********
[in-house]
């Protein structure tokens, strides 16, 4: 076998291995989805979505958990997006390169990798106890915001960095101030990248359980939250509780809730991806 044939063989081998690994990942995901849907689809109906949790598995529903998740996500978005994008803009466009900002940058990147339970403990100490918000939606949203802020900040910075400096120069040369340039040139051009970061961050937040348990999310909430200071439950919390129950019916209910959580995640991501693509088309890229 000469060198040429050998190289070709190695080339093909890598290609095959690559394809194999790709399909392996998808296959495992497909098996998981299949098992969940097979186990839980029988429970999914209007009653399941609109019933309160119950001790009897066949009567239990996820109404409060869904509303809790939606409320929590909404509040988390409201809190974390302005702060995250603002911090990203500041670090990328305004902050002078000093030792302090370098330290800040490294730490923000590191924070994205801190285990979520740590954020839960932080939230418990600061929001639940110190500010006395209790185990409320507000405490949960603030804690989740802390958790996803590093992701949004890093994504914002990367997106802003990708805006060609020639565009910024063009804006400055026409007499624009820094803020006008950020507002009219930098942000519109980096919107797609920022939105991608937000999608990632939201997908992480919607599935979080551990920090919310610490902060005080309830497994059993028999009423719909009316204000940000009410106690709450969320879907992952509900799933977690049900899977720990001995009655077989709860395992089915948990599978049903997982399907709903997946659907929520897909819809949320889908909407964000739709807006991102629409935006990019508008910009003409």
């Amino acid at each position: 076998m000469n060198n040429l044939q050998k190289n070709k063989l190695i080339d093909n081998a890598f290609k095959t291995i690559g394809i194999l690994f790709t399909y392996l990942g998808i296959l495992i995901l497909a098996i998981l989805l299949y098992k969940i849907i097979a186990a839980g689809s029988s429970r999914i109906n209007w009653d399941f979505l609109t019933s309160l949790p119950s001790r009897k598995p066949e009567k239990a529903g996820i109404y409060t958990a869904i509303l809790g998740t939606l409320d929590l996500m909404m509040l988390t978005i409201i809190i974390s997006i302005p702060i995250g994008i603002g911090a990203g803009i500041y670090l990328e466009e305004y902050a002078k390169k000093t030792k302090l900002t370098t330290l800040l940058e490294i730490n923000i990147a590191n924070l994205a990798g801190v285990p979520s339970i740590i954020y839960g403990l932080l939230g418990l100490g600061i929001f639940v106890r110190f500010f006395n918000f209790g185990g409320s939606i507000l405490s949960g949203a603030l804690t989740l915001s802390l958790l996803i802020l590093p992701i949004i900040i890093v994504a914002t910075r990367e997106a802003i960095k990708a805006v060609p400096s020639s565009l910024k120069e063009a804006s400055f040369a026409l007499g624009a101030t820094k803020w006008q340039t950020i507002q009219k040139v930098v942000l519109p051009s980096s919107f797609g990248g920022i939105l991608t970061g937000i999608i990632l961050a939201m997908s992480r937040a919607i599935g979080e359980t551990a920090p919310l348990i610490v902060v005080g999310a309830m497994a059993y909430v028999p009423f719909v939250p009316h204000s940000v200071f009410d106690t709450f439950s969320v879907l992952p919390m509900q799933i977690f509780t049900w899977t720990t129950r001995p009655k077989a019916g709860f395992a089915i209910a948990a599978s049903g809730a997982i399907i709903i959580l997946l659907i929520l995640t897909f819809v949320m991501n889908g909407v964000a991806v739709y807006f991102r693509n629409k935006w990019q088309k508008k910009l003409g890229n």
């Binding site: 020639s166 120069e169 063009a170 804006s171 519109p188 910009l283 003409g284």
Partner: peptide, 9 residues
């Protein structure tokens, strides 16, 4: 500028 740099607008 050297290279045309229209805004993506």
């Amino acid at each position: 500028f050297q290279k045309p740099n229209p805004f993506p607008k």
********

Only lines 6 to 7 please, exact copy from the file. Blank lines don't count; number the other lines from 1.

């Protein structure tokens, strides 16, 4: 500028 740099607008 050297290279045309229209805004993506």
């Amino acid at each position: 500028f050297q290279k045309p740099n229209p805004f993506p607008k």